Archetype A: The “active patient.” On the back of a rising wave of health awareness and choice of treatment options, patients are becoming real stakeholders in their treatment decisions. Pharmacos need to respond to patients’ demands for more information of better quality (see sidebar “WeChat solution offers quality information to patients”). As one medical affairs leader explained, “It is crucial to educate patients with the right content; otherwise they resort to the misleading and even harmful information [found online].” Moreover, patients are paying more attention to disease prevention and quality-of-life issues, and there is increasing demand for information on managing chronic conditions. All of these are trends for MA teams to focus on. Finally, patient advocacy groups are growing in influence both as support networks for patients and through their influence on the various stakeholders in the healthcare sector. Their role is summed up by one medical affairs leader: “Patients are not broken machines … They are human and need mental support as well, but HCPs are too busy to do that … Patient groups are crucial as they provide consolation and useful education materials.”

Archetype B: “Patient needs” at the center. Japan has a physician base that has been colored by recent compliance issues. Medical is replacing some of the engagement functions that were previously the province of the commercial organizations, as pharma responds to compliance imperatives. The model is shifting from share of voice targeting physician interests to one that places patient needs and science much more at the center. In China, as pharma companies expand coverage to a broader market and launch a wave of new products, it has become imperative for the MA organization to deliver core medical messages in an effective way to the wider HCPs community—for example, through digital channels such as WeChat)—and to move towards a differentiated approach for launching new products. What both countries have in common is an emphasis on the patient-centric message and patient needs versus physician interests and relationships.

3. Medical as a strategic and agile partner working closely with commercial and R&D

We also noted debate around the future role to be played by medical vis-à-vis the commercial and R&D functions: Should this be a supporting role only? Should medical affairs not only be independent, but even become a fully detached role—especially from the commercial function? Or will medical evolve into more of a strategic and and agile partner to R&D and commercial, working alongside the other functions towards shared strategic objectives? Opinions vary from country to country, and also from company to company. One leader stated: “Medical is becoming the strategic owner, equal to commercial. It’s just too complicated for marketing to understand the science and they can’t talk to the experts that matter.” Another declared: “Medical affairs will need to shift from being internally focused to fully becoming part of the healthcare ecosystem in the future.” Overall, the direction is towards a bigger, more active, more strategic, and more external-facing role for medical; however, the speed of travel, and aspirations as to medical’s proximity to the R&D and commercial functions vary.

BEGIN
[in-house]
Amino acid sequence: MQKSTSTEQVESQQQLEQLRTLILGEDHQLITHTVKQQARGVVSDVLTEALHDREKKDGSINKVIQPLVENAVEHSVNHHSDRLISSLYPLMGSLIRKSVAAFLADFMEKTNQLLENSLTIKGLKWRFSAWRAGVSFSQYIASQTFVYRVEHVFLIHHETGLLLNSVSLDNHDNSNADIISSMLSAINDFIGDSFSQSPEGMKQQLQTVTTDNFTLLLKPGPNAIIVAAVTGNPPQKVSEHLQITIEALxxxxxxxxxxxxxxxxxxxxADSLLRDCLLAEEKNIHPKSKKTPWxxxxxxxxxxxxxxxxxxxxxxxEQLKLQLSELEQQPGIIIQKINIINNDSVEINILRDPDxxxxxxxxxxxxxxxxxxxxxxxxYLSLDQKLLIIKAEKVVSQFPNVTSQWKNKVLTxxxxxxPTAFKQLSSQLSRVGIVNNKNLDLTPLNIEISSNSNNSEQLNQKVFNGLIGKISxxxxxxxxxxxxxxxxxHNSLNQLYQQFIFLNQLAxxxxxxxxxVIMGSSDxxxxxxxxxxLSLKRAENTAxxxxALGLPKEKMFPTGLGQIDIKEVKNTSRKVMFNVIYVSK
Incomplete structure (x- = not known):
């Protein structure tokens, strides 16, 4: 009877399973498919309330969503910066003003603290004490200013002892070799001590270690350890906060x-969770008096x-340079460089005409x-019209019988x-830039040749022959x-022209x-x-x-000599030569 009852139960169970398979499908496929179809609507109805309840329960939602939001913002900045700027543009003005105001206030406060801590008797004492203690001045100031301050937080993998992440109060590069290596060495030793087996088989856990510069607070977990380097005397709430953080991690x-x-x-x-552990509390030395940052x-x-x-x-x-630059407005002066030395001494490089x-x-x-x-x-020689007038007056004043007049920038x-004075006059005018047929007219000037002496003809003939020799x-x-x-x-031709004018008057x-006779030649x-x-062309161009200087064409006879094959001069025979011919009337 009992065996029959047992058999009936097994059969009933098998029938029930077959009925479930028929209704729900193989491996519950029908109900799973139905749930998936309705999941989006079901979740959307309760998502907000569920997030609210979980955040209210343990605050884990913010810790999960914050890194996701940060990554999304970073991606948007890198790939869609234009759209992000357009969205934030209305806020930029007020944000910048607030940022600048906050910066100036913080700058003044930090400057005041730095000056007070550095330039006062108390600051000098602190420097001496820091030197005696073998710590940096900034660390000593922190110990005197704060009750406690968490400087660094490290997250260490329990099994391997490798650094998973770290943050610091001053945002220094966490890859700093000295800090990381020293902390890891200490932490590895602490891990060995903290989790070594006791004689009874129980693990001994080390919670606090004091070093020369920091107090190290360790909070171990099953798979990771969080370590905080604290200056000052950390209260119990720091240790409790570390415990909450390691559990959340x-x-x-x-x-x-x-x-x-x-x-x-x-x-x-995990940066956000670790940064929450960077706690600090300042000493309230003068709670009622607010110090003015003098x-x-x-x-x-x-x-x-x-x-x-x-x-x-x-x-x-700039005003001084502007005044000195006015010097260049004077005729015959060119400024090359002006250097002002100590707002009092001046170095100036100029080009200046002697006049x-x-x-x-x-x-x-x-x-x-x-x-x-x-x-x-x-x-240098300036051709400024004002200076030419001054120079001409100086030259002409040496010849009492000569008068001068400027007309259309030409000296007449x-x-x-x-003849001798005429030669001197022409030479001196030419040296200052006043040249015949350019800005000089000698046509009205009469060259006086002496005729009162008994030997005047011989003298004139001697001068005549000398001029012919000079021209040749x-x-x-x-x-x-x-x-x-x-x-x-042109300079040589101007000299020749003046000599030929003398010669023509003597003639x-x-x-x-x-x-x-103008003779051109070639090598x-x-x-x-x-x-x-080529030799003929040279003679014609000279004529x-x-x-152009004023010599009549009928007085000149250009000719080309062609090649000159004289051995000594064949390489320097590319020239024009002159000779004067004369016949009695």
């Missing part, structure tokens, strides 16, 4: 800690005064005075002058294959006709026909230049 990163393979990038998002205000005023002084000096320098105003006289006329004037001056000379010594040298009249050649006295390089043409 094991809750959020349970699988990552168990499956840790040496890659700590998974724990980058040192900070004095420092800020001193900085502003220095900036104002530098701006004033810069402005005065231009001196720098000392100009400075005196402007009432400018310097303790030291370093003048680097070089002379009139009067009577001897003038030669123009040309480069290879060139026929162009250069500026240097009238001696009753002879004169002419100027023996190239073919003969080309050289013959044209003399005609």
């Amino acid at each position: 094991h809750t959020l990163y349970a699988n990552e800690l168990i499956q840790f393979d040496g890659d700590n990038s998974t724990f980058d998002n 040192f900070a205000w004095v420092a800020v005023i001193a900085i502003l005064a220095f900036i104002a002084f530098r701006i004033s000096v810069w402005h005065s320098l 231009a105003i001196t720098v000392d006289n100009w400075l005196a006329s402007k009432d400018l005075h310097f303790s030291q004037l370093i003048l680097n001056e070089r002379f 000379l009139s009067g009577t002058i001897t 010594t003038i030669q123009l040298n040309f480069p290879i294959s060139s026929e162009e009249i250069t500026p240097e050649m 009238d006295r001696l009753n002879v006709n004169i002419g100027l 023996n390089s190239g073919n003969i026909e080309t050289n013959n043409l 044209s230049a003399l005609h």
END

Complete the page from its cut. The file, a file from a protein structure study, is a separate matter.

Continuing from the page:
The evolving role of medical: Three imperatives

In summary, leaders articulated three distinct imperatives on the evolving role of medical affairs in APAC in terms of what it will take to deliver in the next three to five years.

1. Improve the quality and efficiency of interactions to create a better experience for all stakeholders (Exhibit 3):

  • Multichannel with improved reach. Traditional face-to-face engagement remains the foundation of most MA interactions. As engagement moves toward a multichannel model, we can expect to see a mix of traditional and alternative channels designed to improve communication effectiveness within three to five years. Across APAC, pharmacos cannot aim to reach all stakeholders face-to-face, and a digital-first generation has now come online. Medical is in a great position to drive broad engagement on content beyond (or for digital-first stakeholders, perhaps instead of) the commercial function.
  • Timely access and on demand. Current delays in receiving global medical insights in the region—for example, information from conferences and publications—will be eliminated as HCPs gain more timely access via same-day broadcast of international conferences, for instance. In addition, the practice of pushing information to HCPs despite only limited knowledge of their preferences and needs will be replaced by a new on-demand model that offers readily accessible content at stakeholders’ fingertips—any time, anywhere.
  • Customized content. Engaging stakeholders with the same set of generic content will give way to greater customization, whereby content is tailored to stakeholders preference and profiling—this will improve stickiness of the content and raise the value of stakeholder engagement.
In three to five years HCPs will have access to higher-quality, timely content delivered on demand.

2. Collect RWE to demonstrate clinical and economic value to the healthcare system. Our interviews found divergent views on RWE among medical affairs leaders—as much driven by the diversity and maturity of healthcare systems across the region as by personal views on the maturity and validity of non-controlled data. Yet, the majority agrees that the promise of RWE outweighs the challenges ahead (Exhibit 4). This class of data:

  • Measures real outcomes. RWE offers more relevant, scaled evidence to HCPs and payors regarding real-world efficacy and safety versus randomized clinical trials (RCTs), which may often be conducted as a limited experiment with a small sample size.
  • Is versatile and dynamic. Once an integrated database is established, it can be used for multiple purposes—pharmacovigilance (PV), HEOR, trial hypothesis generation, and so on—and can be updated regularly.